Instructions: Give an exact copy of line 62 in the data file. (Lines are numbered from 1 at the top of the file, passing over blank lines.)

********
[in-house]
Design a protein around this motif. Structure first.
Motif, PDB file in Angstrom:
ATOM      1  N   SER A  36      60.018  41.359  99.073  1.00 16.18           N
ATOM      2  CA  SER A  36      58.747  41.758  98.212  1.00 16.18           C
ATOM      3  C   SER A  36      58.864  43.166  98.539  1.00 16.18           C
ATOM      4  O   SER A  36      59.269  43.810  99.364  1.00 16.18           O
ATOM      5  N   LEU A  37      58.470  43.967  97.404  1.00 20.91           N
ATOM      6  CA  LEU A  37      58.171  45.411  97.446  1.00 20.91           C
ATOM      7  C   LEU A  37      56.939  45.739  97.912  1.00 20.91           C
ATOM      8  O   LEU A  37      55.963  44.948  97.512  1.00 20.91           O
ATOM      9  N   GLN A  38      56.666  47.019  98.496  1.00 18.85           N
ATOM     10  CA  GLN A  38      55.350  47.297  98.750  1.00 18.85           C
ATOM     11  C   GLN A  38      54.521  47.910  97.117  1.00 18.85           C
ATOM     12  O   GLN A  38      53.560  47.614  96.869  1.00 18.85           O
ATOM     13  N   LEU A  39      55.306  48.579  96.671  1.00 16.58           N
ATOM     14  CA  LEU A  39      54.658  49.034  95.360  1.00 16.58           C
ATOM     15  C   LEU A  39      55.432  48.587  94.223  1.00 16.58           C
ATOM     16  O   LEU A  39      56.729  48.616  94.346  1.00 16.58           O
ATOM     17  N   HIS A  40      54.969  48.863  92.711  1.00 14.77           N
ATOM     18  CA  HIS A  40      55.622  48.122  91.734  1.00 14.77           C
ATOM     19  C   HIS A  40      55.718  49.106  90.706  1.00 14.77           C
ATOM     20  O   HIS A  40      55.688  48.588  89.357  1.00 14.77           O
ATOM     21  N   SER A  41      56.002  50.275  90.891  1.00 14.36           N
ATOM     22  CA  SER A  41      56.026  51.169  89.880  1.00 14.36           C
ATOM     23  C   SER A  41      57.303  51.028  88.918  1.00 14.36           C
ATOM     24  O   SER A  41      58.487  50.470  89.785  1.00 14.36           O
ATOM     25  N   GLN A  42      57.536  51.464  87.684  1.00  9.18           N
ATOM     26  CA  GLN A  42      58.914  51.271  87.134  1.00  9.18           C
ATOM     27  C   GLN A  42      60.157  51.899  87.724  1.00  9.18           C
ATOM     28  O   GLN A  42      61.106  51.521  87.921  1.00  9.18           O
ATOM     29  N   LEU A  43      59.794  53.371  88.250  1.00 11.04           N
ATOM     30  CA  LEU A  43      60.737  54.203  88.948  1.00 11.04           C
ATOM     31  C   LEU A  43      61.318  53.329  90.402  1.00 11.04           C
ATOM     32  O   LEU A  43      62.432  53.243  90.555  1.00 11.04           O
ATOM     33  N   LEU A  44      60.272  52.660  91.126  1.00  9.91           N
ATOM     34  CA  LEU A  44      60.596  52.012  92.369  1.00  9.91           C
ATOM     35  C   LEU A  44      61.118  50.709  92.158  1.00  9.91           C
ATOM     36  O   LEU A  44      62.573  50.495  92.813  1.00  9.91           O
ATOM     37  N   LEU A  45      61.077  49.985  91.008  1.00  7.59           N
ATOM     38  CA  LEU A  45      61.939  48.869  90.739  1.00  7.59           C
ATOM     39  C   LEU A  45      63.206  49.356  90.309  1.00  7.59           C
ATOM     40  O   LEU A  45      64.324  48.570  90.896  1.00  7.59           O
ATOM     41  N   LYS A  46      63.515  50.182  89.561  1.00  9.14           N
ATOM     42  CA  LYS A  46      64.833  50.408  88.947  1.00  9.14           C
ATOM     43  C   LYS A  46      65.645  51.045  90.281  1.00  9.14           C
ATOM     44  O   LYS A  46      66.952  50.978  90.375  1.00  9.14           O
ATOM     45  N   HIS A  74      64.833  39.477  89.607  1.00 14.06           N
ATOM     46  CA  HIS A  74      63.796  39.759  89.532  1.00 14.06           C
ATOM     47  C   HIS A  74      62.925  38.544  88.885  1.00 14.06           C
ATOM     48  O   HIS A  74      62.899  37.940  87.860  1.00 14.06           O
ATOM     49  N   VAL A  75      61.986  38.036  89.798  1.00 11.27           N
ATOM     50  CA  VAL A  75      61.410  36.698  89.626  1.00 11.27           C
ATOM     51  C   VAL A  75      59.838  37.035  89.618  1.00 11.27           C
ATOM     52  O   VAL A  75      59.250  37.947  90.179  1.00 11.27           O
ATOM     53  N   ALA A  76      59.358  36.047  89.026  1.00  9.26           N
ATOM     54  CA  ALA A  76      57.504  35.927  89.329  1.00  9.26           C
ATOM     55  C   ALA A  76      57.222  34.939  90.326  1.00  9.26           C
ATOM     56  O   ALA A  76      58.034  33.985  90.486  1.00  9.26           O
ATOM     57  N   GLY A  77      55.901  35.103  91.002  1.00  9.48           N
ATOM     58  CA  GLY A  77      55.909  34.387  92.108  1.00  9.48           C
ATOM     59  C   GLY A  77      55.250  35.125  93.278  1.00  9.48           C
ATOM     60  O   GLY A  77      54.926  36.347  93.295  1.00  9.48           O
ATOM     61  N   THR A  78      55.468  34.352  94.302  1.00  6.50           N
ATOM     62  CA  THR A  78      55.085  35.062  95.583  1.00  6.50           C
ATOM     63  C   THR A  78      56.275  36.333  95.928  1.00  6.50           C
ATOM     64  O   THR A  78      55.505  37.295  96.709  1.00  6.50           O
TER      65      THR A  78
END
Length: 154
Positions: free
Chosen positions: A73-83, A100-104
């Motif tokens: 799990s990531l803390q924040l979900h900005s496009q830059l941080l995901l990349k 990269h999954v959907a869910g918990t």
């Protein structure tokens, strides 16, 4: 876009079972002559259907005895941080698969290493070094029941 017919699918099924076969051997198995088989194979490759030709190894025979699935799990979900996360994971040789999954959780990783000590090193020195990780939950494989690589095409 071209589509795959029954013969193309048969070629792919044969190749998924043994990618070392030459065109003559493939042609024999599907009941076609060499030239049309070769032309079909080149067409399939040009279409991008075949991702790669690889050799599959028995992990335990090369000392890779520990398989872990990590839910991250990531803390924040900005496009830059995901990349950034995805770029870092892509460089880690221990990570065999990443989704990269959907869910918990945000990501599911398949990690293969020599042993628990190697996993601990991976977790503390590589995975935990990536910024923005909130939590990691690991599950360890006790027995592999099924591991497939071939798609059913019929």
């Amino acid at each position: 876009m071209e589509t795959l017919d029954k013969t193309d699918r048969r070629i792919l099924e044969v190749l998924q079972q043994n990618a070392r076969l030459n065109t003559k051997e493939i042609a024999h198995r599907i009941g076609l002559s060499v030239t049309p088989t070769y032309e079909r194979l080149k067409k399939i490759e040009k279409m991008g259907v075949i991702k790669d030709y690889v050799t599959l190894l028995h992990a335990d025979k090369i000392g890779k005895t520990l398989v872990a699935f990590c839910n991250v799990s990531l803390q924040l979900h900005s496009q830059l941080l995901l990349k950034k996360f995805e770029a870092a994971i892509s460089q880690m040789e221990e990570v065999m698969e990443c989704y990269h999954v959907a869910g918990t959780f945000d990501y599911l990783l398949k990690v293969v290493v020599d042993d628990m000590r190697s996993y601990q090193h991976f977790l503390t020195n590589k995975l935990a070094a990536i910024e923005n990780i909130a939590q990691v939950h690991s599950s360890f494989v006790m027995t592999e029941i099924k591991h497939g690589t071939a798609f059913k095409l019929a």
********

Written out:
ATOM     59  C   GLY A  77      55.250  35.125  93.278  1.00  9.48           C